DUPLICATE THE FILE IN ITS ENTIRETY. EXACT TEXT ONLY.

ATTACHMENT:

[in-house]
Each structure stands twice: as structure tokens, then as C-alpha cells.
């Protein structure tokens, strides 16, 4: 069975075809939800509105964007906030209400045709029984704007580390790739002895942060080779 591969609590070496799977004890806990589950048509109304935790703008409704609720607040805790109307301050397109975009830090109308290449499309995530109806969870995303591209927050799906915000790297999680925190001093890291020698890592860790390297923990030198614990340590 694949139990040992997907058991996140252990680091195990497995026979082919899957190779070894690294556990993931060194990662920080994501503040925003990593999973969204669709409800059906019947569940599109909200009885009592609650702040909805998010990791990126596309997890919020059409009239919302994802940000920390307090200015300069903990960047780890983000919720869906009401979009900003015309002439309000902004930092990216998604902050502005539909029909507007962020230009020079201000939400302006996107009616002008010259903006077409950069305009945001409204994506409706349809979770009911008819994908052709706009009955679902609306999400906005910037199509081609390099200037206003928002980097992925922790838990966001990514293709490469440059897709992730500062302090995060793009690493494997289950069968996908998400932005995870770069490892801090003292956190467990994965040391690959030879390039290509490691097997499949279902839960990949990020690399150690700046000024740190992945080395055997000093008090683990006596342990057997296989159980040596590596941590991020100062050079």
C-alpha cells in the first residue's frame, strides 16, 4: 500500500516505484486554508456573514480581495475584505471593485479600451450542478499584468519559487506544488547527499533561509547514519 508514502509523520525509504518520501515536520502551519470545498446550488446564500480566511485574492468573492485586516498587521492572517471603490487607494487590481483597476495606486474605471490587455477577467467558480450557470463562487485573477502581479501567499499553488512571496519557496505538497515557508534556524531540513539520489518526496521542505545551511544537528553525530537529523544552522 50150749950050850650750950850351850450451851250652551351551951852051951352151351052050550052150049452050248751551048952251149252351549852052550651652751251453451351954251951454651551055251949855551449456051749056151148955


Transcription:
[in-house]
Each structure stands twice: as structure tokens, then as C-alpha cells.
């Protein structure tokens, strides 16, 4: 069975075809939800509105964007906030209400045709029984704007580390790739002895942060080779 591969609590070496799977004890806990589950048509109304935790703008409704609720607040805790109307301050397109975009830090109308290449499309995530109806969870995303591209927050799906915000790297999680925190001093890291020698890592860790390297923990030198614990340590 694949139990040992997907058991996140252990680091195990497995026979082919899957190779070894690294556990993931060194990662920080994501503040925003990593999973969204669709409800059906019947569940599109909200009885009592609650702040909805998010990791990126596309997890919020059409009239919302994802940000920390307090200015300069903990960047780890983000919720869906009401979009900003015309002439309000902004930092990216998604902050502005539909029909507007962020230009020079201000939400302006996107009616002008010259903006077409950069305009945001409204994506409706349809979770009911008819994908052709706009009955679902609306999400906005910037199509081609390099200037206003928002980097992925922790838990966001990514293709490469440059897709992730500062302090995060793009690493494997289950069968996908998400932005995870770069490892801090003292956190467990994965040391690959030879390039290509490691097997499949279902839960990949990020690399150690700046000024740190992945080395055997000093008090683990006596342990057997296989159980040596590596941590991020100062050079």
C-alpha cells in the first residue's frame, strides 16, 4: 500500500516505484486554508456573514480581495475584505471593485479600451450542478499584468519559487506544488547527499533561509547514519 508514502509523520525509504518520501515536520502551519470545498446550488446564500480566511485574492468573492485586516498587521492572517471603490487607494487590481483597476495606486474605471490587455477577467467558480450557470463562487485573477502581479501567499499553488512571496519557496505538497515557508534556524531540513539520489518526496521542505545551511544537528553525530537529523544552522 50150749950050850650750950850351850450451851250652551351551951852051951352151351052050550052150049452050248751551048952251149252351549852052550651652751251453451351954251951454651551055251949855551449456051749056151148955